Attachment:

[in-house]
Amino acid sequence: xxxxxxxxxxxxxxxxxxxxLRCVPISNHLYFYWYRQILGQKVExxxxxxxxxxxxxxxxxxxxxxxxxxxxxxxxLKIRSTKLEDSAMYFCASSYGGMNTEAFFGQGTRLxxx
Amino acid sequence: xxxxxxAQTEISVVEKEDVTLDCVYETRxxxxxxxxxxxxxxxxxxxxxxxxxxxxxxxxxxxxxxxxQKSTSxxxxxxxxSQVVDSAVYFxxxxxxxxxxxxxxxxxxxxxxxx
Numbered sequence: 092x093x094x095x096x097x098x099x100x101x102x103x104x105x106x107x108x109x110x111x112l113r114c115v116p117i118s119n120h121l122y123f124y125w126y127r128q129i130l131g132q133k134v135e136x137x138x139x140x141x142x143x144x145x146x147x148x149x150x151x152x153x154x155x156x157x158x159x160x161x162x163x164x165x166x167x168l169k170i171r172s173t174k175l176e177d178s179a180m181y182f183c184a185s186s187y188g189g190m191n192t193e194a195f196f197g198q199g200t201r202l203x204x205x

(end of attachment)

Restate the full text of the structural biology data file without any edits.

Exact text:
[in-house]
Amino acid sequence: xxxxxxxxxxxxxxxxxxxxLRCVPISNHLYFYWYRQILGQKVExxxxxxxxxxxxxxxxxxxxxxxxxxxxxxxxLKIRSTKLEDSAMYFCASSYGGMNTEAFFGQGTRLxxx
Amino acid sequence: xxxxxxAQTEISVVEKEDVTLDCVYETRxxxxxxxxxxxxxxxxxxxxxxxxxxxxxxxxxxxxxxxxQKSTSxxxxxxxxSQVVDSAVYFxxxxxxxxxxxxxxxxxxxxxxxx
Numbered sequence: 092x093x094x095x096x097x098x099x100x101x102x103x104x105x106x107x108x109x110x111x112l113r114c115v116p117i118s119n120h121l122y123f124y125w126y127r128q129i130l131g132q133k134v135e136x137x138x139x140x141x142x143x144x145x146x147x148x149x150x151x152x153x154x155x156x157x158x159x160x161x162x163x164x165x166x167x168l169k170i171r172s173t174k175l176e177d178s179a180m181y182f183c184a185s186s187y188g189g190m191n192t193e194a195f196f197g198q199g200t201r202l203x204x205x